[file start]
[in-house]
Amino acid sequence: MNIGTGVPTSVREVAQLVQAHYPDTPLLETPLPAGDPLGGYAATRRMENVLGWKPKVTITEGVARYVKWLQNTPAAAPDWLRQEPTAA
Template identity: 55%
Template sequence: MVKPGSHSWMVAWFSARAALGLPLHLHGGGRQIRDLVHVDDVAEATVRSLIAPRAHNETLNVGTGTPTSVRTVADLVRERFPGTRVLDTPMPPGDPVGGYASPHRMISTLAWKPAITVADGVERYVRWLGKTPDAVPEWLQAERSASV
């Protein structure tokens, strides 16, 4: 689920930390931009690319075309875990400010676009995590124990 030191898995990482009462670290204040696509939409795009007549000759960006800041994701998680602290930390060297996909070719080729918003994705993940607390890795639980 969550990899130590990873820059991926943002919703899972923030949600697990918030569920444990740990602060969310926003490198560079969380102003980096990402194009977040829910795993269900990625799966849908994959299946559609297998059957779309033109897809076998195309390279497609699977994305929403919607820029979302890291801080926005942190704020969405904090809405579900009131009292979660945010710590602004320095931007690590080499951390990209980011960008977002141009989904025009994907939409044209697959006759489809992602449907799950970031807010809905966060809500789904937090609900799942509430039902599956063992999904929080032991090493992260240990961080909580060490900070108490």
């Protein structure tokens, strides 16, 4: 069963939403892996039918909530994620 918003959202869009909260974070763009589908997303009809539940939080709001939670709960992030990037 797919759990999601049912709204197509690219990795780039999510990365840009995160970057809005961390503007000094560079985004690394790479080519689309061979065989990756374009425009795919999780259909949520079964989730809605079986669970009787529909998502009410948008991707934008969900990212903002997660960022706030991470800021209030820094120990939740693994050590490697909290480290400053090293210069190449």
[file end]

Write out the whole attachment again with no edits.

[in-house]
Amino acid sequence: MNIGTGVPTSVREVAQLVQAHYPDTPLLETPLPAGDPLGGYAATRRMENVLGWKPKVTITEGVARYVKWLQNTPAAAPDWLRQEPTAA
Template identity: 55%
Template sequence: MVKPGSHSWMVAWFSARAALGLPLHLHGGGRQIRDLVHVDDVAEATVRSLIAPRAHNETLNVGTGTPTSVRTVADLVRERFPGTRVLDTPMPPGDPVGGYASPHRMISTLAWKPAITVADGVERYVRWLGKTPDAVPEWLQAERSASV
């Protein structure tokens, strides 16, 4: 689920930390931009690319075309875990400010676009995590124990 030191898995990482009462670290204040696509939409795009007549000759960006800041994701998680602290930390060297996909070719080729918003994705993940607390890795639980 969550990899130590990873820059991926943002919703899972923030949600697990918030569920444990740990602060969310926003490198560079969380102003980096990402194009977040829910795993269900990625799966849908994959299946559609297998059957779309033109897809076998195309390279497609699977994305929403919607820029979302890291801080926005942190704020969405904090809405579900009131009292979660945010710590602004320095931007690590080499951390990209980011960008977002141009989904025009994907939409044209697959006759489809992602449907799950970031807010809905966060809500789904937090609900799942509430039902599956063992999904929080032991090493992260240990961080909580060490900070108490």
């Protein structure tokens, strides 16, 4: 069963939403892996039918909530994620 918003959202869009909260974070763009589908997303009809539940939080709001939670709960992030990037 797919759990999601049912709204197509690219990795780039999510990365840009995160970057809005961390503007000094560079985004690394790479080519689309061979065989990756374009425009795919999780259909949520079964989730809605079986669970009787529909998502009410948008991707934008969900990212903002997660960022706030991470800021209030820094120990939740693994050590490697909290480290400053090293210069190449």